The Global Rundown
Two dams in Kenya are on the verge of overflowing after heavy rains. A study finds that the thinning of trees in California saved billions of gallons of water from being evaporated into the atmosphere. Water stress deepens across India, where more than 150 million people lack access to clean water. Louisiana restructures its water management plans in preparation for rising sea levels and increased flooding. Australian lawmakers call for an urgent investigation into $180m Murray-Darling basin water buybacks.
“The analysis and reports allege that the Department of Agriculture and Water Resources, which manages the purchase of water, significantly overpaid vendors for water in the Warrego catchment, Tandou and the Condamine-Balonne Valley.” –Rex Patrick, an Australian politician, in reference to three water rights buybacks totaling $180m. A group of lawmakers is requesting an urgent investigation into the buybacks, which took place in 2017 as part of the Murray-Darling basin plan. The Guardian
Latest WaterNews from Circle of Blue
What’s Up With Water – April 23, 2018 – “What’s Up With Water” condenses the need-to-know news on the world’s water into a snapshot for the start of the workweek. Listen to this week’s edition to hear coverage fracking in Australia, the decline of water privatization in Europe, and efforts by the U.S. Air Force to remediate water pollution in Colorado.
HotSpots H2O, April 23: Spotlight on South Sudan – Conflict with anti-government rebels has aggravated water shortages in a country where public services are already in short supply.
By The Numbers
163 million Number of people in India who do not have access to clean water close to their homes. Population growth, climate change, water mismanagement, and river-sharing disputes are putting increasing stress on the country’s resources. Reuters
In context: Choke Point: India.
200,000 Number of people who have been displaced by recent flooding in Kenya. Two large dams in the country are on the verge of overflowing amid heavy rains, potentially endangering the lives of thousands more Kenyans. BBC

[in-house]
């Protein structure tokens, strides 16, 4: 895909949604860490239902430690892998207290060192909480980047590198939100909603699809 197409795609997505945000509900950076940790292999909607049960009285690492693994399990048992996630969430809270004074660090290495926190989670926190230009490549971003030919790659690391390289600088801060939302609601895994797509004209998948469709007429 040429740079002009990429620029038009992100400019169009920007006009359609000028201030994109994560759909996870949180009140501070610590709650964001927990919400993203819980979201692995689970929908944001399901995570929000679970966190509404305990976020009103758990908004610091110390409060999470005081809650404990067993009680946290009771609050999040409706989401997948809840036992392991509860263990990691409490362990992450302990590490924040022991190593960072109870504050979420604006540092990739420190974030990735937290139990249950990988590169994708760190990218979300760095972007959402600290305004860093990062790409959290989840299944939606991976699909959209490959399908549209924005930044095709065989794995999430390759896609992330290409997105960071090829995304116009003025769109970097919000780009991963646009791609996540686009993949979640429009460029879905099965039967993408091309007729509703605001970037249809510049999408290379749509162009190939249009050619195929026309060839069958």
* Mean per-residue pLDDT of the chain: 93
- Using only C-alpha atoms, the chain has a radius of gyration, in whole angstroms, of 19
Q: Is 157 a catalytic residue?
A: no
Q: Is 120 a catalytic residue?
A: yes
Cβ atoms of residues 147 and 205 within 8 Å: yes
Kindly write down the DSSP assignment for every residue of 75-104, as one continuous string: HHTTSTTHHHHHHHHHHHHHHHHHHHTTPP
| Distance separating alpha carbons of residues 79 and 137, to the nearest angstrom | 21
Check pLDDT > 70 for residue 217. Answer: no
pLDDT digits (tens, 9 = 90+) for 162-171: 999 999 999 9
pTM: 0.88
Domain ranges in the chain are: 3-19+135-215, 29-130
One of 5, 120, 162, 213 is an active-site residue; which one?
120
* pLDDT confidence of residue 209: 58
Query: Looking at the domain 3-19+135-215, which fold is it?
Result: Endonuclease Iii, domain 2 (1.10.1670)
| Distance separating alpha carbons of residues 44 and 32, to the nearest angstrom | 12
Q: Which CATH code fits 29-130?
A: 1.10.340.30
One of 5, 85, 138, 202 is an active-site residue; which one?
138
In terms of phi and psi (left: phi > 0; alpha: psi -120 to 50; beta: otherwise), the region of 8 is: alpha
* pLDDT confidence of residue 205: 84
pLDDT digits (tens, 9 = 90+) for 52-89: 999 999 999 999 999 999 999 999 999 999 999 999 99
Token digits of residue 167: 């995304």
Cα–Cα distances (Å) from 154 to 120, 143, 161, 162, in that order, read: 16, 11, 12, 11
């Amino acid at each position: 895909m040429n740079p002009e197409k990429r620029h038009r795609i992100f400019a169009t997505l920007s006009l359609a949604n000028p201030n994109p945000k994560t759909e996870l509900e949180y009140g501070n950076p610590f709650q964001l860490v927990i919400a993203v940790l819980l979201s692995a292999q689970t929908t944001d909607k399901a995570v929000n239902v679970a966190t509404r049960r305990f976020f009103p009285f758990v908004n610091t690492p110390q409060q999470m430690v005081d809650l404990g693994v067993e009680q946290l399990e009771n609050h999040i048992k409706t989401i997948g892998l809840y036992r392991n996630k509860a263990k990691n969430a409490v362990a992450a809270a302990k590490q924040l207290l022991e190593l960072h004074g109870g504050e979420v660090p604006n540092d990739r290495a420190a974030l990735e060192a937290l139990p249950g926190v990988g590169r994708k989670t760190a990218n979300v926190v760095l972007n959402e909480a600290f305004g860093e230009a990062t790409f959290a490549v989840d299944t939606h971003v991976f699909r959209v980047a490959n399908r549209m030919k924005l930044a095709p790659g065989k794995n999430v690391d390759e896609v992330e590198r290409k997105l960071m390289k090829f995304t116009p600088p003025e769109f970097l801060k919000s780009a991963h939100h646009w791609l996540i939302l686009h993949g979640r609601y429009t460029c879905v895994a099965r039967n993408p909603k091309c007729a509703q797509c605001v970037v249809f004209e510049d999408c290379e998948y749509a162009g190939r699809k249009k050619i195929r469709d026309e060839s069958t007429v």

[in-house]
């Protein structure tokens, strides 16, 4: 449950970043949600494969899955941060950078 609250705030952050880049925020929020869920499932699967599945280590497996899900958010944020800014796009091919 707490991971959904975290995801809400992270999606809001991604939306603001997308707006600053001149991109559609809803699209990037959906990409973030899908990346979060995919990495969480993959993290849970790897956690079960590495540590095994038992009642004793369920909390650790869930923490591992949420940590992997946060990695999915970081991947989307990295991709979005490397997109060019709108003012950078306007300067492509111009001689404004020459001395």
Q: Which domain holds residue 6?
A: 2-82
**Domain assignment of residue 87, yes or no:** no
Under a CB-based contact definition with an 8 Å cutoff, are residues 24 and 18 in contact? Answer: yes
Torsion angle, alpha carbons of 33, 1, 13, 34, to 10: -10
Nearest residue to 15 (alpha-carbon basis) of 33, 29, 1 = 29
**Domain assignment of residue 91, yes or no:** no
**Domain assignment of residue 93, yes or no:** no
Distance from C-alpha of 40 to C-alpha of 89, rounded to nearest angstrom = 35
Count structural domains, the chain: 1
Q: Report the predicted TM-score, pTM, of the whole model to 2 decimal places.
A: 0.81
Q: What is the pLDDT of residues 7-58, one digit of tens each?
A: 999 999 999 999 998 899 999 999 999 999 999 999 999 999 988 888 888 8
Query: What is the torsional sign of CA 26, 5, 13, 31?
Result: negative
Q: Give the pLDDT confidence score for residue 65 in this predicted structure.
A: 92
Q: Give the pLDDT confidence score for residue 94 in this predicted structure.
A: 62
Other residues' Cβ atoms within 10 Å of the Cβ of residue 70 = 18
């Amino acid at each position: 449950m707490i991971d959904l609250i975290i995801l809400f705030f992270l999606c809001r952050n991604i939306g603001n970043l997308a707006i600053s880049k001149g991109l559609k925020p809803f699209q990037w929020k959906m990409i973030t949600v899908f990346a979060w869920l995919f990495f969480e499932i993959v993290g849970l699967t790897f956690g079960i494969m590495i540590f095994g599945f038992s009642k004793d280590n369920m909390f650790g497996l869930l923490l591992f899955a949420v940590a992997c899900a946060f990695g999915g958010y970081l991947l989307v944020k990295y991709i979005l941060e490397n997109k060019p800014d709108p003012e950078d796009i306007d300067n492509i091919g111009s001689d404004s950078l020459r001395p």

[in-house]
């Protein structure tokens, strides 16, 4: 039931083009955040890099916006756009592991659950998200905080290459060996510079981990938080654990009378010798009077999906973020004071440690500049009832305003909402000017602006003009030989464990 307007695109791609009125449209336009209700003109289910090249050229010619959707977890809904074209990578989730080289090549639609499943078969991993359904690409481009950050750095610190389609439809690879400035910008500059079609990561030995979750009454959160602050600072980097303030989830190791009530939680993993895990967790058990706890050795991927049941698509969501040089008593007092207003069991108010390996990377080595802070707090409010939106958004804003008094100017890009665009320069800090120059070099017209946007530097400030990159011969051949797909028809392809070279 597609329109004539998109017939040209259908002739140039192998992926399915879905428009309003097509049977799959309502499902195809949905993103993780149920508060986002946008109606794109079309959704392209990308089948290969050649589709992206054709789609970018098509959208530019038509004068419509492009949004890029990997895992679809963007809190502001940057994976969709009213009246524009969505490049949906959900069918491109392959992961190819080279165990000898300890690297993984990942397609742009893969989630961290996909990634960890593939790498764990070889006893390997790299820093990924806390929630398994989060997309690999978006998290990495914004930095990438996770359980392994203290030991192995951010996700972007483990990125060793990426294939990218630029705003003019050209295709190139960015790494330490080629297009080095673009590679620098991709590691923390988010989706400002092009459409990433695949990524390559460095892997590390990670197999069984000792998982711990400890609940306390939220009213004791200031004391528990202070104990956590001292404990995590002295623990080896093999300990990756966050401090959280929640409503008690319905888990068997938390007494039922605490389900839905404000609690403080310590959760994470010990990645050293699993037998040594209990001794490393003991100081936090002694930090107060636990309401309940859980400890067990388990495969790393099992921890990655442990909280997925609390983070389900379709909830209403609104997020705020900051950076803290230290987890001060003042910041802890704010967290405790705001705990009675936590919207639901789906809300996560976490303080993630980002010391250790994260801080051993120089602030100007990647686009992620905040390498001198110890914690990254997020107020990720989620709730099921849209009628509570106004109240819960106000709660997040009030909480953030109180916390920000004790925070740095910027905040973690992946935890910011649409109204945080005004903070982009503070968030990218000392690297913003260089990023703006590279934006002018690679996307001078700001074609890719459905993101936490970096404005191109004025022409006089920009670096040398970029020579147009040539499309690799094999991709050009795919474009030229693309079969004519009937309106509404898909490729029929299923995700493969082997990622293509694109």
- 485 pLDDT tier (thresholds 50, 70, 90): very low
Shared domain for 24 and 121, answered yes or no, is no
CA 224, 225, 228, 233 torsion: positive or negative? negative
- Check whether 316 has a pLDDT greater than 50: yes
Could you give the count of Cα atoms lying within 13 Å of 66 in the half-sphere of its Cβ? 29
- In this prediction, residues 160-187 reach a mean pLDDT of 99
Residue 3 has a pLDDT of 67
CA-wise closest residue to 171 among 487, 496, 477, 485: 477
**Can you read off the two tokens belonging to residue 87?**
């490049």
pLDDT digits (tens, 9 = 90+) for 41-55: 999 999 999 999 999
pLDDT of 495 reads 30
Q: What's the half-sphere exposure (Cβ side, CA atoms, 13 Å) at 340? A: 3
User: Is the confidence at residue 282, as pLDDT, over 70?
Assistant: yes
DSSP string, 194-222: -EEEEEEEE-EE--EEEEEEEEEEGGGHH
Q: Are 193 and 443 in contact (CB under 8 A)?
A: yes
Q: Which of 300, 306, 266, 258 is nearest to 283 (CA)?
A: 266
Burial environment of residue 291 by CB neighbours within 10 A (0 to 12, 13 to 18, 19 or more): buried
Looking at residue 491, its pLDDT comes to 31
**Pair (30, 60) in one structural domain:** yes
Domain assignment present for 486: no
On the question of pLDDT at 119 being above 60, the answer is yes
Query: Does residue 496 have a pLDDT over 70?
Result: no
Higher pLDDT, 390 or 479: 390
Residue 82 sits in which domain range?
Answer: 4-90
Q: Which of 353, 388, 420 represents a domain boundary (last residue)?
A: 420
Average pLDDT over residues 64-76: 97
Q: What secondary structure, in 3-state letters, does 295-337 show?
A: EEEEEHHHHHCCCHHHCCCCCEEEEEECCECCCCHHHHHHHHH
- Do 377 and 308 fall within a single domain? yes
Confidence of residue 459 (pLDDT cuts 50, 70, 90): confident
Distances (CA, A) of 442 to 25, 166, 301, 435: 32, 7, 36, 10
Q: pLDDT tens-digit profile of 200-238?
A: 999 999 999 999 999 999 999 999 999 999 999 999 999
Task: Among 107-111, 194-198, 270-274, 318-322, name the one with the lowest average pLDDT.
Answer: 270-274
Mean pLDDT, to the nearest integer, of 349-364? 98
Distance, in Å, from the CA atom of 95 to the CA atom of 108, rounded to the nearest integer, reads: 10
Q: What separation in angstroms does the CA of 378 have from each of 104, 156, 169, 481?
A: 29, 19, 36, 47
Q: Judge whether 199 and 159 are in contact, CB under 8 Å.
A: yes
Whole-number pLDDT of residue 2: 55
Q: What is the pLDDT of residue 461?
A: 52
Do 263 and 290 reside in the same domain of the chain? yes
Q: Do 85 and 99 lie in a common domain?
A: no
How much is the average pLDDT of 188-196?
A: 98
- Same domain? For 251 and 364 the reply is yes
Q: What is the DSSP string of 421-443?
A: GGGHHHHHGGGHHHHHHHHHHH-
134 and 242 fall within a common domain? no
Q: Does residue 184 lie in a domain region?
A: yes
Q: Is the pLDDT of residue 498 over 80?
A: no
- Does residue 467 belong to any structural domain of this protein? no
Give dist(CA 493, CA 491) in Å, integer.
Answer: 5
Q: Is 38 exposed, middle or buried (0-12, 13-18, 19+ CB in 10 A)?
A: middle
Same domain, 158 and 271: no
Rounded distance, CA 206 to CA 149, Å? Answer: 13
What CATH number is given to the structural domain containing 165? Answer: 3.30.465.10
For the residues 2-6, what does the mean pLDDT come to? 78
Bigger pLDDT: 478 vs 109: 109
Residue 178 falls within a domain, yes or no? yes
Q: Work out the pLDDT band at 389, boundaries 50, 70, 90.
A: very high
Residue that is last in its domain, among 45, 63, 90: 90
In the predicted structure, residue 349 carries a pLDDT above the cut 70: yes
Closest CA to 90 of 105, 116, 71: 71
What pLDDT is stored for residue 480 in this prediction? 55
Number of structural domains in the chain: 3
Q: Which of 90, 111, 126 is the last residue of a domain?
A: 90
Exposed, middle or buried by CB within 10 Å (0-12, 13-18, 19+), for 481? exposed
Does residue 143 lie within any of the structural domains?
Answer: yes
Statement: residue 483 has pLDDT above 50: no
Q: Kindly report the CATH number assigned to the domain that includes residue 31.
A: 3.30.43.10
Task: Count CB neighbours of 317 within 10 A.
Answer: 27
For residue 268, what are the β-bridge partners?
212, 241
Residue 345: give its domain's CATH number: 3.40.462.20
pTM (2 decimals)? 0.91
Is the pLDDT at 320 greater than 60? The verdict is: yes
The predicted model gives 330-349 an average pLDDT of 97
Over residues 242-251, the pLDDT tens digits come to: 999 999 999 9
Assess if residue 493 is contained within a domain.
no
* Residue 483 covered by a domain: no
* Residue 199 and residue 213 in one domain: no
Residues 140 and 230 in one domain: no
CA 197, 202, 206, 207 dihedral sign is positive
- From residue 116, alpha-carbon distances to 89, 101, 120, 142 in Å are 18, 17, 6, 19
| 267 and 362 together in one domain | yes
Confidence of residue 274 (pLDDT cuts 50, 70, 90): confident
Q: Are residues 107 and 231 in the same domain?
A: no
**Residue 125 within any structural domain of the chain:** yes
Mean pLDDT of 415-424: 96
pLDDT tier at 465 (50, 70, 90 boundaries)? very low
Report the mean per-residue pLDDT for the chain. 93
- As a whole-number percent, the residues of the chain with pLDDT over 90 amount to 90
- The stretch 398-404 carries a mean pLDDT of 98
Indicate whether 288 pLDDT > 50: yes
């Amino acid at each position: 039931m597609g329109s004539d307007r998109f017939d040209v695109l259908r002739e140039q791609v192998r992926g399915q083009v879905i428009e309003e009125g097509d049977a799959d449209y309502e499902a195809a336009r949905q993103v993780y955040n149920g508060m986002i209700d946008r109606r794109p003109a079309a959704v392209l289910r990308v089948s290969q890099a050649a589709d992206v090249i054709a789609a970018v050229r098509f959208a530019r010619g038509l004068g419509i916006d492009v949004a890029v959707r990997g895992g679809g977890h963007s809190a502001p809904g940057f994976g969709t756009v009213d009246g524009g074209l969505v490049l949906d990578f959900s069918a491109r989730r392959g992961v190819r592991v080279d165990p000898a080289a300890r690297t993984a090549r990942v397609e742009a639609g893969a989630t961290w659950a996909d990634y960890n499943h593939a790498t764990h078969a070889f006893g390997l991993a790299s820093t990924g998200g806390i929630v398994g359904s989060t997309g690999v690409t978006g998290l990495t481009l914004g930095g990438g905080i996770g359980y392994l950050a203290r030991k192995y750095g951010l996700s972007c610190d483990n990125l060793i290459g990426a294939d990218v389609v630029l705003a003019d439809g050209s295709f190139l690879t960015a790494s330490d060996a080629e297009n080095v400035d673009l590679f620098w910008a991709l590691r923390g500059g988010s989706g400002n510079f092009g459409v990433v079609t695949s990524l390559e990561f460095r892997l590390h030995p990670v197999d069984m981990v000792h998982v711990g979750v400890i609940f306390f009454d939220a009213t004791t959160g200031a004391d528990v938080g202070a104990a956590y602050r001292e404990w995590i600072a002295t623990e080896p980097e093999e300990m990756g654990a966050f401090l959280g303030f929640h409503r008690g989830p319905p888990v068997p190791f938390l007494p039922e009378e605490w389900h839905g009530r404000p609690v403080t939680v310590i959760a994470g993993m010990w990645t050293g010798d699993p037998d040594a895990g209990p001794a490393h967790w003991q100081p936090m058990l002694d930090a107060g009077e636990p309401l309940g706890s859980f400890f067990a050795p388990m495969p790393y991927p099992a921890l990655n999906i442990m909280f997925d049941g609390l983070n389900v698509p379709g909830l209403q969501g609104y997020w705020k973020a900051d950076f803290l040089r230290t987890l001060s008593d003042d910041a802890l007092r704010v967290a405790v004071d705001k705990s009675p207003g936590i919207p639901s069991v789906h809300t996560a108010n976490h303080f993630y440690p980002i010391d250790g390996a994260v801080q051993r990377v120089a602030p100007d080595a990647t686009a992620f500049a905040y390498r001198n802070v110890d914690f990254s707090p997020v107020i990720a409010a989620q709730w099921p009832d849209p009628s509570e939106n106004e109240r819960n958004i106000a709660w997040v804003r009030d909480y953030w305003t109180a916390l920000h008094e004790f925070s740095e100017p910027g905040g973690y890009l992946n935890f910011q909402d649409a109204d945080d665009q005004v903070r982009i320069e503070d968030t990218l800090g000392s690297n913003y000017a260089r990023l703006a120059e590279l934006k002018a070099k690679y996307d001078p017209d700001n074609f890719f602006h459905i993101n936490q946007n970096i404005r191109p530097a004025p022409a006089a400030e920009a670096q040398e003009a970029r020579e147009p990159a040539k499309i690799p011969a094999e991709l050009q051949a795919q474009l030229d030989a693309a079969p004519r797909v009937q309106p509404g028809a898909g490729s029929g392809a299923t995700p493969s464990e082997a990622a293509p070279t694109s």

Science, Studies, And Reports
A report by the National Science Foundation claims that fire-thinned forests in California’s Sierra Nevada forests saved more than 20 billion gallons of water annually between 1990 and 2008. Trees suck in groundwater and release it into the atmosphere, a process called evapotranspiration. According to scientists, too much evapotranspiration affects California’s water resources, especially during hot, dry periods. In recent decades, the rate of evapotranspiration has fallen, largely due to the thinning of forests by wildfires. Science Daily
On The Radar
Lawmakers, community developers, and researchers in Louisiana are crafting improved water management plans for New Orleans and surrounding coastal areas. The Greater New Orleans Urban Water Plan addresses issues such as flooding, ground subsidence, and stormwater removal. The state is also developing a Coastal Master Plan, intended to preserve Louisiana’s fragile coastline. Reuters
Kayla Ritter is a recent graduate of Michigan State University, where she studied International Relations and Teaching English to Speakers of Other Languages. She is currently based in Manton, Michigan. Kayla enjoys running, writing, and traveling. Contact Kayla Ritter